Missions requiring autonomous, close-proximity operations of spacecraft, such as On-Orbit Servicing, On-Orbit Assembly and Active Debris Removal, have become a thriving topic in the aerospace research community over the last decades, not only from an economic, operative, and scientific perspective, but also as a mean of ensuring the sustainability of the space environment. These operations involve a variety of technological challenges, most of which are related to the need of autonomous and safe Guidance, Navigation and Control systems. Since the future of these mission scenarios is strictly tied to spacecraft standardisation and modularity, relative navigation employing monocular cameras on servicing platforms to approach targets equipped with artificial markers for pose estimation purposes has drawn great attention. Following this trend, this paper presents an original vision-based pose estimation architecture for relative navigation with respect to passively cooperative targets equipped with ArUco markers. The proposed architecture foresees two operative modes, namely Acquisition and Tracking. The first features ArUco's detection through hue-saturation-value image representation, their identification by reading their built-in code and the computation of the pose without a-priori knowledge. The second, instead, takes advantage of prior pose estimates to speed up the entire processing pipeline. Performance is assessed through an extensive numerical simulation campaign, considering as test scenario the final approach phase of a rendezvous manoeuvre to reach a satellite belonging to a large constellation in Low Earth Orbit, and using the Planet and Asteroid Natural scene Generation Utility tool for realistic synthetic image generation. The dedicated tests on the Acquisition mode show that successful marker detection and pose initialization is achieved from up to 99.76% of the possible relative position and attitude states of the chaser with respect to the target at beginning of the final approach trajectory. As the chaser gets closer to the target, results highlight significant robustness of both operative modes against illumination conditions and uncertainties in the knowledge of camera intrinsic parameters. Overall, the architecture shows pose estimation accuracies up to millimetric and sub-degree levels.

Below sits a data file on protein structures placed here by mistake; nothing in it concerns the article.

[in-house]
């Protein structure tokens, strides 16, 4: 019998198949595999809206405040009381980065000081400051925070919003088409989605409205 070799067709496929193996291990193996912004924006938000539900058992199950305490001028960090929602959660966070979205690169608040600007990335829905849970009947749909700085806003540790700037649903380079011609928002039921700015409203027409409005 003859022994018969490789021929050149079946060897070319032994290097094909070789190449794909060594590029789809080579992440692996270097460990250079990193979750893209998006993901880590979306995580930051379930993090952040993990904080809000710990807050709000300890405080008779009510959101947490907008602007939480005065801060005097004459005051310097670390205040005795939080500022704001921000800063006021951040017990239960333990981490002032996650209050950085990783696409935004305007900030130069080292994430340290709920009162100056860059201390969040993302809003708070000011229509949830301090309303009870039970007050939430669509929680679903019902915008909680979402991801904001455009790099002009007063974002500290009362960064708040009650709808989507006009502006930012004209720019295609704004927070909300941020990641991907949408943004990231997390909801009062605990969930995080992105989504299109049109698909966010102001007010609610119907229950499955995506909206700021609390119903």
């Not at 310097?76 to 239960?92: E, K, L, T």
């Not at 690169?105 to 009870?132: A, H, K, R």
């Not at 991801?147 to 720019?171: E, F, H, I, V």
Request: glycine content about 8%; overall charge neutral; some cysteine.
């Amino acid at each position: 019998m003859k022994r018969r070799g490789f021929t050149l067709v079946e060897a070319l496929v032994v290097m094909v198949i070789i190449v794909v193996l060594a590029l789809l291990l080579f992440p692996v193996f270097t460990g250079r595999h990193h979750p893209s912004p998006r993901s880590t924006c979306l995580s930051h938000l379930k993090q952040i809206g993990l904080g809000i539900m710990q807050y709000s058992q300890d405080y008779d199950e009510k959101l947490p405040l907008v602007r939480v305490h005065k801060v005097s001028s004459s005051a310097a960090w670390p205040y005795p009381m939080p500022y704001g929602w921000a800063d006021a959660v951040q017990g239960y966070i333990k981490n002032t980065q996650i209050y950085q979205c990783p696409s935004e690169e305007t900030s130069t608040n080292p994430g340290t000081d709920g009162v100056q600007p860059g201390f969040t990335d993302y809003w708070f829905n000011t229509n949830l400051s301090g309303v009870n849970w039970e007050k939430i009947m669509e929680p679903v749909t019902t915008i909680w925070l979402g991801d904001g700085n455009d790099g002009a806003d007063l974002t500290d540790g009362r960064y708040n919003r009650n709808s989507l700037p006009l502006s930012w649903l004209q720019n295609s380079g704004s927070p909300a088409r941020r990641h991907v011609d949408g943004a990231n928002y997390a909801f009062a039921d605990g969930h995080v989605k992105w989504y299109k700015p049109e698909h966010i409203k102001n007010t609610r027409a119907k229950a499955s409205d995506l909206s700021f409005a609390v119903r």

Pose determination of passively cooperative spacecraft in close proximity using a monocular camera and AruCo markers

Vela C.;Fasano G.;Opromolla R.
2022

Abstract

Missions requiring autonomous, close-proximity operations of spacecraft, such as On-Orbit Servicing, On-Orbit Assembly and Active Debris Removal, have become a thriving topic in the aerospace research community over the last decades, not only from an economic, operative, and scientific perspective, but also as a mean of ensuring the sustainability of the space environment. These operations involve a variety of technological challenges, most of which are related to the need of autonomous and safe Guidance, Navigation and Control systems. Since the future of these mission scenarios is strictly tied to spacecraft standardisation and modularity, relative navigation employing monocular cameras on servicing platforms to approach targets equipped with artificial markers for pose estimation purposes has drawn great attention. Following this trend, this paper presents an original vision-based pose estimation architecture for relative navigation with respect to passively cooperative targets equipped with ArUco markers. The proposed architecture foresees two operative modes, namely Acquisition and Tracking. The first features ArUco's detection through hue-saturation-value image representation, their identification by reading their built-in code and the computation of the pose without a-priori knowledge. The second, instead, takes advantage of prior pose estimates to speed up the entire processing pipeline. Performance is assessed through an extensive numerical simulation campaign, considering as test scenario the final approach phase of a rendezvous manoeuvre to reach a satellite belonging to a large constellation in Low Earth Orbit, and using the Planet and Asteroid Natural scene Generation Utility tool for realistic synthetic image generation. The dedicated tests on the Acquisition mode show that successful marker detection and pose initialization is achieved from up to 99.76% of the possible relative position and attitude states of the chaser with respect to the target at beginning of the final approach trajectory. As the chaser gets closer to the target, results highlight significant robustness of both operative modes against illumination conditions and uncertainties in the knowledge of camera intrinsic parameters. Overall, the architecture shows pose estimation accuracies up to millimetric and sub-degree levels.
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Utilizza questo identificativo per citare o creare un link a questo documento: http://hdl.handle.net/11588/893002
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